18 July 2019
ADS is targeting London
ADS is targeting London

INTERVIEW: ADS Securities wants in on Shanghai FTZ party

Hong Kong in the frontline, Singapore in the back office and the whole Asia Pacific market in its sights. That would be a pretty picture for ADS Securities, the largest brokerage in the Middle East.

Throw in Shanghai with its nascent but growing free trade zone (FTZ) and you have the closest thing to an ideal situation. ADS managing director Desmond Yeo thinks so.

“There are a lot of opportunities there. It’s something we would like to expand into,” Yeo told the Hong Kong Economic Journal’s EJ Insight.

Yeo said ADS is in talks with a number of Chinese companies about potential joint ventures that would give it faster access to the mainland market.

The discussions are part of plans to expand into Asia Pacific with Hong Kong as the nerve center of its regional operations.    

These follow the November unveiling of the Shanghai International Energy Exchange which will trade energy futures in the Shanghai FTZ.

The contract will be denominated in renminbi which will greatly impact the commodity market, now largely traded in the US dollar, he said.

“It looks promising. This could be the first of its kind. The Chinese generally move fast and I wouldn’t be surprised if something happens in the next two years.”

The Abu Dhabi-based brokerage provides foreign exchange, bullion and commodity trading services to institutional and professional investors in the Middle East.

Its institutional clients include banks, global and regional hedge funds, asset managers, investment banks and non-bank financial institutions. These are equally split between Europe, the Middle East and Asia.

ADS is looking to set up headquarters in Hong Kong, the largest offshore hub for the Chinese unit, to capture opportunities in US dollar (USD) trades with offshore renminbi (CNH) and the Japanese yen.

Last year, offshore renminbi was second only to the US dollar in Asia, with a 2.76 percent appreciation, reflecting gains in the onshore market. On the flip side, the Japanese yen was the second worst performing currency against the greenback, weakening 17.62 percent, amid quantitative easing by the Japanese central bank.

“We believe Hong Kong will continue to develop as a foreign exchange center with the increasing liberalization of offshore renminbi,” Yeo said.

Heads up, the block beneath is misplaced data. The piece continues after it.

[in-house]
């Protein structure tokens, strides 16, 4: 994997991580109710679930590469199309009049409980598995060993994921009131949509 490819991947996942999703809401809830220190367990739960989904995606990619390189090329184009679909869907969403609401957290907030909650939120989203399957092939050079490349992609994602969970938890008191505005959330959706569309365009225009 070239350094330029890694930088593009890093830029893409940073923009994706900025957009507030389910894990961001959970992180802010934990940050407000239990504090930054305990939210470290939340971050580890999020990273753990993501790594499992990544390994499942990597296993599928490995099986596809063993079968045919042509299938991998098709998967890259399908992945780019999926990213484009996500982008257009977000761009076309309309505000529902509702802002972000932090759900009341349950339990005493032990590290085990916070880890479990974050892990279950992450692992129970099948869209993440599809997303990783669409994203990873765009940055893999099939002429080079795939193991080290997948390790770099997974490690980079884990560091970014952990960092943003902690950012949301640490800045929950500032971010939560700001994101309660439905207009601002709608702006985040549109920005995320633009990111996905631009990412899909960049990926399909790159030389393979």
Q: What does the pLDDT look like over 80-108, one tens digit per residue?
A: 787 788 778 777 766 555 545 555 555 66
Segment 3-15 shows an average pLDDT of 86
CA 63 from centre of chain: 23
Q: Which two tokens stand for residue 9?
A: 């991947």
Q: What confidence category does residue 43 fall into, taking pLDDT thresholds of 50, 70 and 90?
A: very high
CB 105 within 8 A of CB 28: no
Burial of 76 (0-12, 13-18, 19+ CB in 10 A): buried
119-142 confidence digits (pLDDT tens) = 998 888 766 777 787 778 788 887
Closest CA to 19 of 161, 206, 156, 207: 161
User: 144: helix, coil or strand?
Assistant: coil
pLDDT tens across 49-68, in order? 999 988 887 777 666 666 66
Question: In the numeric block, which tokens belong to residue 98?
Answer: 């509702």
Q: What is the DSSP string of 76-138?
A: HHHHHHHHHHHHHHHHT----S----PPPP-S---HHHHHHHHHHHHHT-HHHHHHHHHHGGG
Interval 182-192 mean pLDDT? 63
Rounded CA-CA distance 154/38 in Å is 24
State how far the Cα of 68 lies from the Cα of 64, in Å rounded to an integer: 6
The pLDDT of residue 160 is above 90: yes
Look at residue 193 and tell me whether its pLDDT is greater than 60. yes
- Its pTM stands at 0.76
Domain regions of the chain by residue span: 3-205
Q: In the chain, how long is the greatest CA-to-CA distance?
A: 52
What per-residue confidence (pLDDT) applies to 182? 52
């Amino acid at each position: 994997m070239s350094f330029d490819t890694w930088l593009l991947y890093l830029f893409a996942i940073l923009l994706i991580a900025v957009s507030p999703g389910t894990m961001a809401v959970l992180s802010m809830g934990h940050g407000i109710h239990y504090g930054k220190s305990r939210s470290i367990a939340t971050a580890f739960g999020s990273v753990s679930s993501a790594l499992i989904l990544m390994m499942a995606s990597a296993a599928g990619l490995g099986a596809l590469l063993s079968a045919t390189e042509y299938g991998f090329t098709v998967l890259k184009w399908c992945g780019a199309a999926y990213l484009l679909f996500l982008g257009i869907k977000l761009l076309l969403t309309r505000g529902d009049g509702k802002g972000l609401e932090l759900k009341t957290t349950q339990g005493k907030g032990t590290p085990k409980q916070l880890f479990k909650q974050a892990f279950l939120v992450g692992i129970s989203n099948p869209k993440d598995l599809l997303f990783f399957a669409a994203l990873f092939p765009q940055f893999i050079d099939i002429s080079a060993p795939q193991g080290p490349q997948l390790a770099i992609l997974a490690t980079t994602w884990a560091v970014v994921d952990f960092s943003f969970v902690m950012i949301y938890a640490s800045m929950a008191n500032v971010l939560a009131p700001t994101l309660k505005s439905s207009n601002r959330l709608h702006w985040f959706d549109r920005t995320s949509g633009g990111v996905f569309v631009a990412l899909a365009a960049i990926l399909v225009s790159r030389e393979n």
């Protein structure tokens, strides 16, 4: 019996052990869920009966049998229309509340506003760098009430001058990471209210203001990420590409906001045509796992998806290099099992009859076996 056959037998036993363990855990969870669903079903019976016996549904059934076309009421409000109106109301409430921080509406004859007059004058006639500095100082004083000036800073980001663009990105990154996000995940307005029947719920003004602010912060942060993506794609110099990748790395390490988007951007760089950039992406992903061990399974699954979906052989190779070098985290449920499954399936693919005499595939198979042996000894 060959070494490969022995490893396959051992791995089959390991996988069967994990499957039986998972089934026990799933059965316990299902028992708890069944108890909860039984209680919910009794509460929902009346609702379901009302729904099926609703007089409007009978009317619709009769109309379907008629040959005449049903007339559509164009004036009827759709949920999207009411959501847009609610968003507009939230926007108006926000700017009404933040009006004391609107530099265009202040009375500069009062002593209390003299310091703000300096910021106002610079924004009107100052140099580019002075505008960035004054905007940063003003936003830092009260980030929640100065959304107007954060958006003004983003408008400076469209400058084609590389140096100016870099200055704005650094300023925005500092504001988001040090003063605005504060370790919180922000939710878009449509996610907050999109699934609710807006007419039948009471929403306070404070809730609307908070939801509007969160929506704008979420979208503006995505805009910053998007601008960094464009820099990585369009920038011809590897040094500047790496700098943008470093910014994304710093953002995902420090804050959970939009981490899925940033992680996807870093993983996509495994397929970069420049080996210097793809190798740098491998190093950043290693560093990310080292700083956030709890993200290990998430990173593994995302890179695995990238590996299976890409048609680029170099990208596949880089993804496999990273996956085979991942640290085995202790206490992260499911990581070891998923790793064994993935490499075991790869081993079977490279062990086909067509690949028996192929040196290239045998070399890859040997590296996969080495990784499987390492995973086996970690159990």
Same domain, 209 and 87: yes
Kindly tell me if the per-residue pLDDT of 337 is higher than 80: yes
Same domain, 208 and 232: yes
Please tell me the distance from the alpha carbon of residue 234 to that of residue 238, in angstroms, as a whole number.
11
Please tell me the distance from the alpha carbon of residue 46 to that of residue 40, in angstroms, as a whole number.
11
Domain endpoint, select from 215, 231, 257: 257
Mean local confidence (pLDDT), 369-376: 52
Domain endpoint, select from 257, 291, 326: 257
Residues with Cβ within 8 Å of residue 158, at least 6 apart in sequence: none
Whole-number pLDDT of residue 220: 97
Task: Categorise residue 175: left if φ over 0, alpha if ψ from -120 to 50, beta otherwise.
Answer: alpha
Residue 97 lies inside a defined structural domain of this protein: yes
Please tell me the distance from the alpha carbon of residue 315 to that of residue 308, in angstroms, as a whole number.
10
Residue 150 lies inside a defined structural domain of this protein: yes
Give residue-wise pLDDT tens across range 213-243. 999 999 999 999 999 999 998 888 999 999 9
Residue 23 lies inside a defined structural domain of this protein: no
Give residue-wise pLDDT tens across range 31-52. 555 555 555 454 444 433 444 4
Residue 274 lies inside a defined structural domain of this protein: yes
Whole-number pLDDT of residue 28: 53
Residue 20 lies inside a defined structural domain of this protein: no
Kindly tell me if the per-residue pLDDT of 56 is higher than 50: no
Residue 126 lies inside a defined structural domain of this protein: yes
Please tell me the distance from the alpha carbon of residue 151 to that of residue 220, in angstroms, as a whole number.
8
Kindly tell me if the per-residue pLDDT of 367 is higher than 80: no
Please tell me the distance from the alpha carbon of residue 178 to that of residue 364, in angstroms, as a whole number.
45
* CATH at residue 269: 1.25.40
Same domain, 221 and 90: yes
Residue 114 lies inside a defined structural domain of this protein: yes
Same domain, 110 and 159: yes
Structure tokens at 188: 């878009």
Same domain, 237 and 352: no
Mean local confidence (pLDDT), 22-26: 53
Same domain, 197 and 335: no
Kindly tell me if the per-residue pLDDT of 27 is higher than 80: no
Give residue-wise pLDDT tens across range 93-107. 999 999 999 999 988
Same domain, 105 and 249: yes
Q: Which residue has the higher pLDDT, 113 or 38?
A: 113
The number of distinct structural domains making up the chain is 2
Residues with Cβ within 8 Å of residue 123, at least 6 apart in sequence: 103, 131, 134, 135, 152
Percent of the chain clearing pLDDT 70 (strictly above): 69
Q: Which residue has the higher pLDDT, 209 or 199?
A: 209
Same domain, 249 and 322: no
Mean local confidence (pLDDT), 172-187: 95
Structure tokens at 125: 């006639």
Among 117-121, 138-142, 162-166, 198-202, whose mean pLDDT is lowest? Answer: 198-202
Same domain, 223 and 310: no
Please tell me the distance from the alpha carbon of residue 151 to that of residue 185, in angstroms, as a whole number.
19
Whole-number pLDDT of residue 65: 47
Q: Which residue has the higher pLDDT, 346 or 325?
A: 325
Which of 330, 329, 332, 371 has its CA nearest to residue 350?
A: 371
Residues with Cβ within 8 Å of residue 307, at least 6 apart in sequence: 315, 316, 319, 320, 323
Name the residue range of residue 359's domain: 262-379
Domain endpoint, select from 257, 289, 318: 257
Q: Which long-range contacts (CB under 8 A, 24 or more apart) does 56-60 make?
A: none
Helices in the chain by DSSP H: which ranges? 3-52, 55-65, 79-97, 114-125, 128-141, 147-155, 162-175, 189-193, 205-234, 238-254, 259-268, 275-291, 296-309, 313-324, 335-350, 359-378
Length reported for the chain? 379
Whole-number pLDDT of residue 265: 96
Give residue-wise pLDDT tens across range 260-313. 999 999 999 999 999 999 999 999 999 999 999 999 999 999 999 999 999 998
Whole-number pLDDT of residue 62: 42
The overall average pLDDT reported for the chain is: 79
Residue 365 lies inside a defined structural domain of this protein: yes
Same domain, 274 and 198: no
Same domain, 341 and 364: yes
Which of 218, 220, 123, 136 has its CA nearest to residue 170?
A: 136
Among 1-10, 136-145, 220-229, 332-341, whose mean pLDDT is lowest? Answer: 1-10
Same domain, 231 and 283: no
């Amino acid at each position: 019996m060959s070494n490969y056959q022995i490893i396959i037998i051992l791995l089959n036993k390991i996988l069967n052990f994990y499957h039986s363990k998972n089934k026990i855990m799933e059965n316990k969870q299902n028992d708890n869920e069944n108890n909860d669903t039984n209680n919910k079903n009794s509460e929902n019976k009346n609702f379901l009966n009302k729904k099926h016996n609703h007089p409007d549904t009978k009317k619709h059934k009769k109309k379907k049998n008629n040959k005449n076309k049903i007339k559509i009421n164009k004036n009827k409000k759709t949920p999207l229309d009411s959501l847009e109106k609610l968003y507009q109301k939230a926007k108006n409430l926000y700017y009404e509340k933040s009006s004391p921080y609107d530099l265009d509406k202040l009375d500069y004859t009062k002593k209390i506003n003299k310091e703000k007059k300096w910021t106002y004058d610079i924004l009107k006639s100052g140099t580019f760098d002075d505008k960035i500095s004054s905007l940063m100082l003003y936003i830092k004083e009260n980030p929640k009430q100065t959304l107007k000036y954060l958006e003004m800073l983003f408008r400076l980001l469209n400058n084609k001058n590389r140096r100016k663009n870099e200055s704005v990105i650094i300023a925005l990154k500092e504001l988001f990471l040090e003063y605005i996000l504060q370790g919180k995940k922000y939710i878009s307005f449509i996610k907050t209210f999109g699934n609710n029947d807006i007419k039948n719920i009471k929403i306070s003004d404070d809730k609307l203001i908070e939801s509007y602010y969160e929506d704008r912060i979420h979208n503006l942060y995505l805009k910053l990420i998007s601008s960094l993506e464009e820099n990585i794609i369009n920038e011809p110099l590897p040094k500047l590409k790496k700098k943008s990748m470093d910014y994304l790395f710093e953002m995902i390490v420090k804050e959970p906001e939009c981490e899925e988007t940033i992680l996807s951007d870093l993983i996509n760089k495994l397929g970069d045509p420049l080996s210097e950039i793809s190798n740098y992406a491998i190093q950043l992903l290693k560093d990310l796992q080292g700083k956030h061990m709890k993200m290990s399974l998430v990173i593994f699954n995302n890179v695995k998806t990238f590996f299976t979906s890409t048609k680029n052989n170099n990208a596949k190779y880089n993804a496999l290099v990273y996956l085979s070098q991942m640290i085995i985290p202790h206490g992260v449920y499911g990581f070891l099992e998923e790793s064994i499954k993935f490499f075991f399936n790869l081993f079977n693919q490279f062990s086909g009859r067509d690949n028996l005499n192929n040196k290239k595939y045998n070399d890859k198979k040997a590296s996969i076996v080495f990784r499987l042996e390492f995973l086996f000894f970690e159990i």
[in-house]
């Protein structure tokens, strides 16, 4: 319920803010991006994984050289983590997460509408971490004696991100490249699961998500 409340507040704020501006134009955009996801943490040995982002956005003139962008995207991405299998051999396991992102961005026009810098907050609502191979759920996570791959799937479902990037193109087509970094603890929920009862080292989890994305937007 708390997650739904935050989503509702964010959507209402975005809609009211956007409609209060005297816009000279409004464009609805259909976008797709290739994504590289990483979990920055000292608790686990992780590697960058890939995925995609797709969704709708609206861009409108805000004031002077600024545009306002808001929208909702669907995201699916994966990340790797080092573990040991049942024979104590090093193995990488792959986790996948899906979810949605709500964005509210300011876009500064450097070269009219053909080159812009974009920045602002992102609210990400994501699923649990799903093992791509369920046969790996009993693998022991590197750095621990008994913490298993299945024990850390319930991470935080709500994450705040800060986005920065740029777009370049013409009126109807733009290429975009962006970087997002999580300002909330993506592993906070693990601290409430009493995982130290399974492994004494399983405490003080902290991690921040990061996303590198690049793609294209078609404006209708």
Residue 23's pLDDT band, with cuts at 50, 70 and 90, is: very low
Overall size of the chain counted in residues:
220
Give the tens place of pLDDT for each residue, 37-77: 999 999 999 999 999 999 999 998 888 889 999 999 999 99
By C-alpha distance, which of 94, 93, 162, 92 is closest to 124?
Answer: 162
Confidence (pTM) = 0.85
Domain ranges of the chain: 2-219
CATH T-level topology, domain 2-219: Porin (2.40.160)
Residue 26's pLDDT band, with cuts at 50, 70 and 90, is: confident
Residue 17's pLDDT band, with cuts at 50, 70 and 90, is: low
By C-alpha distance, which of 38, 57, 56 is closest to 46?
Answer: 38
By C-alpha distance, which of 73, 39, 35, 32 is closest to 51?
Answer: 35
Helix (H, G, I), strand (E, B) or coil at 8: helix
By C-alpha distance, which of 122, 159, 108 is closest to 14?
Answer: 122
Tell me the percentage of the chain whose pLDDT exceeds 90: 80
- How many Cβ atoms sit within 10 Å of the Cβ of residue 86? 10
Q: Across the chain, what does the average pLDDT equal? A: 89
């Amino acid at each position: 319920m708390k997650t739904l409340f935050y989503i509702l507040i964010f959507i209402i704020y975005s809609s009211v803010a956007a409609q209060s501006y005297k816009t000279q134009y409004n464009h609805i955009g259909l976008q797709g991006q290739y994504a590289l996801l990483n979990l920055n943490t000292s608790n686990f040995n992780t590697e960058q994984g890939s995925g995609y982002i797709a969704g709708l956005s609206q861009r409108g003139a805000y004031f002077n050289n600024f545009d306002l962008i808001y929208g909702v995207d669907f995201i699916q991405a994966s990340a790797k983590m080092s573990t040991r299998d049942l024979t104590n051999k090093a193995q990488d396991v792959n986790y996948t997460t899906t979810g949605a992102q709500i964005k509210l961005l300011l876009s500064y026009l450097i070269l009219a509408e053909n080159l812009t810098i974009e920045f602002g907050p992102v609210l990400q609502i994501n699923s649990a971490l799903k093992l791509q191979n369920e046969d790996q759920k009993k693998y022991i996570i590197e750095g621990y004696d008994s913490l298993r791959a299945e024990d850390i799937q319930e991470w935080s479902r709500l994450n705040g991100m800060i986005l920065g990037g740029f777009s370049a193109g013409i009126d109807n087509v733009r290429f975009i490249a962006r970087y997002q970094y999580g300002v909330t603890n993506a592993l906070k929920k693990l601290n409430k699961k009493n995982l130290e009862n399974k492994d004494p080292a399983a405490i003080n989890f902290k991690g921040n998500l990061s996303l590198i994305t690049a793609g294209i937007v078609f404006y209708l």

Offshore forex trades

ADS has received a type 3 foreign exchange license from the Hong Kong Securities and Futures Commission, aiming to pave the way for future development in the Asia market. The company has a daily trading average of about US$5 billion globally.

In fact, the brokerage has started trading USD-CNH, offering access to the renminbi amid growing interest in the Chinese currency, the company said in a statement on Nov. 6.

“For now, as we are about to enter a tapering cycle in the US, our clients are very much interested in the offshore US dollar-renminbi pair,” Yeo said. “On one side, we expect the dollar to appreciate this year. Offshore renminbi could strengthen as well, so it is an interesting prospect.”

In November and December, the Chinese unit was one of the top 10 most-used currencies for trade payment by value, up 15 percent from the corresponding period a year earlier, financial cooperative SWIFT said in an e-mailed statement on Jan. 23. That compares with 7 percent growth for other major currencies.

A September 2013 survey by the Bank for International Settlements puts the renminbi as the ninth most traded currency, accounting for 2.2 per cent of global trading, from 17th place and a 0.9 per cent share three years ago.

The company is looking to get an equity trading license in Hong Kong to diversify its portfolio and a wealth management license afterwards.

Asia-Europe bridge

With 12 Chinese clients, ADS has started working with the subsidiaries of some Hong Kong-based mainland entities.

“We’re not only focused on China, we are also looking into opportunities across the Asia-Pacific region,” Yeo said. He singled out Japan, Australia and Malaysia.

A Hong Kong base would serve as a conduit between its Asian and European business, linking it with London, the world’s largest foreign exchange market. The next goal is a London forex license this year which would allow the company to provide services across time zones. 

“A forex license is just a starting point. We plan to launch offshore yuan-denominated products after we get a London license,” Yeo said. That would allow ADS to launch more yuan-denominated products as London market is more mature than the Hong Kong market.

Singapore serves as a back office of its Asian operations but it is also a potential trading hub. Yeo said regulators there have not issued a forex license since 2009. ADS could be the first to win one.

– Contact the reporter at [email protected]


Ayishah Ma is a financial reporter on Greater China issues.

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